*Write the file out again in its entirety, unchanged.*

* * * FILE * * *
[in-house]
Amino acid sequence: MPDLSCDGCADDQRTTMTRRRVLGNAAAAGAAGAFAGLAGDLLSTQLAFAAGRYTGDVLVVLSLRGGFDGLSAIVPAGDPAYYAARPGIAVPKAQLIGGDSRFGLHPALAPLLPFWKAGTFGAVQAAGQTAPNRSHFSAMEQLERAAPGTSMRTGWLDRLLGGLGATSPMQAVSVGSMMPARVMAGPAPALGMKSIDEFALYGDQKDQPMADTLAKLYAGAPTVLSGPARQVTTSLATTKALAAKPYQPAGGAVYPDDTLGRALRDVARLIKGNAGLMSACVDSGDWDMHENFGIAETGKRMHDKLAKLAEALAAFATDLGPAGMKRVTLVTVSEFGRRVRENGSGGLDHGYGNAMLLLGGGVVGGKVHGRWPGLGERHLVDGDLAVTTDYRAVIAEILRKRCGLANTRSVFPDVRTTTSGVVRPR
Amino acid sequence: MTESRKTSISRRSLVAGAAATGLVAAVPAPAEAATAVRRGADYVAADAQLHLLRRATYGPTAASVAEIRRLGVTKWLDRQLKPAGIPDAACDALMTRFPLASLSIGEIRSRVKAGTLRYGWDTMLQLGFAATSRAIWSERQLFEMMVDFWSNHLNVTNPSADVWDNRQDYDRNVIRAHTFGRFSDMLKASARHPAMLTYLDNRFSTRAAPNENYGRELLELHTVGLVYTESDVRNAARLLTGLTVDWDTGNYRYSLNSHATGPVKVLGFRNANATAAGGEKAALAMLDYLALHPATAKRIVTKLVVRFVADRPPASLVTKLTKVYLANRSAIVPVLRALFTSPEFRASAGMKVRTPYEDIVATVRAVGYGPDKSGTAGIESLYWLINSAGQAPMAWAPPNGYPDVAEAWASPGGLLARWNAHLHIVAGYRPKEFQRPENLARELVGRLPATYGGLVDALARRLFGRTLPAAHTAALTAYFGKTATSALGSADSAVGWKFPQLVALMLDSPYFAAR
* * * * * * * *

[in-house]
Amino acid sequence: MPDLSCDGCADDQRTTMTRRRVLGNAAAAGAAGAFAGLAGDLLSTQLAFAAGRYTGDVLVVLSLRGGFDGLSAIVPAGDPAYYAARPGIAVPKAQLIGGDSRFGLHPALAPLLPFWKAGTFGAVQAAGQTAPNRSHFSAMEQLERAAPGTSMRTGWLDRLLGGLGATSPMQAVSVGSMMPARVMAGPAPALGMKSIDEFALYGDQKDQPMADTLAKLYAGAPTVLSGPARQVTTSLATTKALAAKPYQPAGGAVYPDDTLGRALRDVARLIKGNAGLMSACVDSGDWDMHENFGIAETGKRMHDKLAKLAEALAAFATDLGPAGMKRVTLVTVSEFGRRVRENGSGGLDHGYGNAMLLLGGGVVGGKVHGRWPGLGERHLVDGDLAVTTDYRAVIAEILRKRCGLANTRSVFPDVRTTTSGVVRPR
Amino acid sequence: MTESRKTSISRRSLVAGAAATGLVAAVPAPAEAATAVRRGADYVAADAQLHLLRRATYGPTAASVAEIRRLGVTKWLDRQLKPAGIPDAACDALMTRFPLASLSIGEIRSRVKAGTLRYGWDTMLQLGFAATSRAIWSERQLFEMMVDFWSNHLNVTNPSADVWDNRQDYDRNVIRAHTFGRFSDMLKASARHPAMLTYLDNRFSTRAAPNENYGRELLELHTVGLVYTESDVRNAARLLTGLTVDWDTGNYRYSLNSHATGPVKVLGFRNANATAAGGEKAALAMLDYLALHPATAKRIVTKLVVRFVADRPPASLVTKLTKVYLANRSAIVPVLRALFTSPEFRASAGMKVRTPYEDIVATVRAVGYGPDKSGTAGIESLYWLINSAGQAPMAWAPPNGYPDVAEAWASPGGLLARWNAHLHIVAGYRPKEFQRPENLARELVGRLPATYGGLVDALARRLFGRTLPAAHTAALTAYFGKTATSALGSADSAVGWKFPQLVALMLDSPYFAAR